The Church of Scotland has been warned that it risks losing entire congregations if it approves the appointment of gay clergy.
Professor Bill Naphy, a leading academic from the University of Aberdeen, and an expert in both the history of sexuality and Calvinism told the BBC’s Politics Show: “I think the Kirk is likely to take a very cautious approach. If they allow the ordination of gay ministers there will probably be whole congregations that leave. I think it’s less likely that whole congregations will leave if it goes the other way. It is more likely that individuals will walk away.
The warning comes as the Church of Scotland, known informally as the Kirk under its Scottish language name, prepares to hold its General Assembly this week.
The divisive issue of gay clergy has been threatening to split the Church of Scotland, a Presbyterian church body decisively shaped by the Scottish Reformation, since a gay minister was appointed to an Aberdeen church in 2009.
The issue is now coming to a head as commissioners are being asked whether to continue an indefinite ban on the ordination of gay ministers until a report next year, or to lift the ban and await a separate report which would be published in two years.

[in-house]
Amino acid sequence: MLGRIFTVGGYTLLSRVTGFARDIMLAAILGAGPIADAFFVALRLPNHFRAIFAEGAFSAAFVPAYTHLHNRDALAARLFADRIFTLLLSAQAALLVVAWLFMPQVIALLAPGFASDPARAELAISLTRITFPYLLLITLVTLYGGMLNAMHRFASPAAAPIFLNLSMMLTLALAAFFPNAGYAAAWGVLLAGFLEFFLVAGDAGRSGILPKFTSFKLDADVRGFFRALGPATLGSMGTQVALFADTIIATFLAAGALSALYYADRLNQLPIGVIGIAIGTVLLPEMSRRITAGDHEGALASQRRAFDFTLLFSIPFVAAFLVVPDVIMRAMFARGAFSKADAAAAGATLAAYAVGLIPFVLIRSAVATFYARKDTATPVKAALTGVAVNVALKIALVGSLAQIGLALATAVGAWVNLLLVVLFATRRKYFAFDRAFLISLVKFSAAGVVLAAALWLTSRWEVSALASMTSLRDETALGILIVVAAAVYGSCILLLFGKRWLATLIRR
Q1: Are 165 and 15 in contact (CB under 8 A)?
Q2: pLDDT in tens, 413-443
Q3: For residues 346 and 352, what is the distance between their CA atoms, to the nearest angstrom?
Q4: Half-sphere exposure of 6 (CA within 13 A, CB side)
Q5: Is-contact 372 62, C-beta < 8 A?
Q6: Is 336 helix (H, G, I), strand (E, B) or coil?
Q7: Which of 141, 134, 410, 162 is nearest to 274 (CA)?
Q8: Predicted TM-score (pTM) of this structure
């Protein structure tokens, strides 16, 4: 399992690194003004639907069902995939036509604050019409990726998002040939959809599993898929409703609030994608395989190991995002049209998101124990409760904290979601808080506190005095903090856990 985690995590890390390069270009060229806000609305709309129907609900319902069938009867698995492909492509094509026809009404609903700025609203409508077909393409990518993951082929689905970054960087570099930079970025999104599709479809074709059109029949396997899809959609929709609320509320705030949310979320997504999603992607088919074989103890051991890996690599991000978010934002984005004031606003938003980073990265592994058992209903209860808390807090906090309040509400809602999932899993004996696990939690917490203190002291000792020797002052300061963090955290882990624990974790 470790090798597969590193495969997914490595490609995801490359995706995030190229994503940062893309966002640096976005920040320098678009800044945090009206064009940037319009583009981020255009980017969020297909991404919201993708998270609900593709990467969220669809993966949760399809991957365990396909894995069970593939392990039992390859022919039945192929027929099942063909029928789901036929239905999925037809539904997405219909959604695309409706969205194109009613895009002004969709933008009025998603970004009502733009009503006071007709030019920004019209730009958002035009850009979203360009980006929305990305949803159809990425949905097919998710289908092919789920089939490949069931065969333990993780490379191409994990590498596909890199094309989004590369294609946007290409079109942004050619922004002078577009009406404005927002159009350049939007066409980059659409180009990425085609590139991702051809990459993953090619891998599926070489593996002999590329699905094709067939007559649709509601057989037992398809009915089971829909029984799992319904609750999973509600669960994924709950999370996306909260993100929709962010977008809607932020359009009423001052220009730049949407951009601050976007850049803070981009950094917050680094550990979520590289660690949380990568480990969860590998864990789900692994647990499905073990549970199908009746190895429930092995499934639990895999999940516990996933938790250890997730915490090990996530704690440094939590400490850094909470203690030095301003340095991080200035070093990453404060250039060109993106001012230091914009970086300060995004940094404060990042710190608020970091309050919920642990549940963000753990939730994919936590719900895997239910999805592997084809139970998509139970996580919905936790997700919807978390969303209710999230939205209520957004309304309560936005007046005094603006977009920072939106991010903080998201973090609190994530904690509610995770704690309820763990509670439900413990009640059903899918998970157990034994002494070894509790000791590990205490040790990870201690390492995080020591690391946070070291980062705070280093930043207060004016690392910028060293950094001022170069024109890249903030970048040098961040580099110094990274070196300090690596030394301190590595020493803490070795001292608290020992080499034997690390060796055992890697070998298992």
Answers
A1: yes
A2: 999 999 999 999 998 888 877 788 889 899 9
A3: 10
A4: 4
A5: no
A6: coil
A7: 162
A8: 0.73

Professor Naphy said, “Either way the vote goes, there will be people and congregations who are likely to leave.”
Over the past two years since the openly gay Rev. Scott Rennie’s appointment to Queen's Cross Church, the church body has been consulting on the issue of the ordination of gay ministers. It has been touted that at least one in five members of Kirk sessions has said they would leave if it is agreed that gay ministers can be ordained. On the other hand, only one in 10 has said they would leave if the Kirk rules they cannot be ordained.
The new moderator of the General Assembly of the Church of Scotland, the Rev. David Arnott has said: “The topics at this year’s Assembly reflect how the Church interacts with society. Several debates show the Church’s great concern for those on the margins of our society. Several debates will concentrate on the constant need there is in the Church to be re-examining how we can be a Church in the 21st Century.”